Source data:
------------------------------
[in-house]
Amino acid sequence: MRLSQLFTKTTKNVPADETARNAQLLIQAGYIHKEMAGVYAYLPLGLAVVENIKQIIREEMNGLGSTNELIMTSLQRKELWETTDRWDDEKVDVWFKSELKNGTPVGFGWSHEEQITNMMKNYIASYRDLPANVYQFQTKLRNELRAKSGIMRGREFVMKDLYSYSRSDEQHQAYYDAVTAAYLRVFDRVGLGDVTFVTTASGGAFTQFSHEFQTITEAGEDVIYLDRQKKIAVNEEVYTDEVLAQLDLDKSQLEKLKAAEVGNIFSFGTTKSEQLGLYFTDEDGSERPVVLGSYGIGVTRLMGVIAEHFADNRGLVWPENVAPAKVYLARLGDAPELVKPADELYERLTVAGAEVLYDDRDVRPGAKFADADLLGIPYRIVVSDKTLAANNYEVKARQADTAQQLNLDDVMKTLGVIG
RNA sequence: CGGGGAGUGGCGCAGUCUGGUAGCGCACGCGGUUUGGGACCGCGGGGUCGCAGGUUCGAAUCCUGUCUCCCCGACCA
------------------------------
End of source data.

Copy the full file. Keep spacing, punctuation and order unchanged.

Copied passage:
[in-house]
Amino acid sequence: MRLSQLFTKTTKNVPADETARNAQLLIQAGYIHKEMAGVYAYLPLGLAVVENIKQIIREEMNGLGSTNELIMTSLQRKELWETTDRWDDEKVDVWFKSELKNGTPVGFGWSHEEQITNMMKNYIASYRDLPANVYQFQTKLRNELRAKSGIMRGREFVMKDLYSYSRSDEQHQAYYDAVTAAYLRVFDRVGLGDVTFVTTASGGAFTQFSHEFQTITEAGEDVIYLDRQKKIAVNEEVYTDEVLAQLDLDKSQLEKLKAAEVGNIFSFGTTKSEQLGLYFTDEDGSERPVVLGSYGIGVTRLMGVIAEHFADNRGLVWPENVAPAKVYLARLGDAPELVKPADELYERLTVAGAEVLYDDRDVRPGAKFADADLLGIPYRIVVSDKTLAANNYEVKARQADTAQQLNLDDVMKTLGVIG
RNA sequence: CGGGGAGUGGCGCAGUCUGGUAGCGCACGCGGUUUGGGACCGCGGGGUCGCAGGUUCGAAUCCUGUCUCCCCGACCA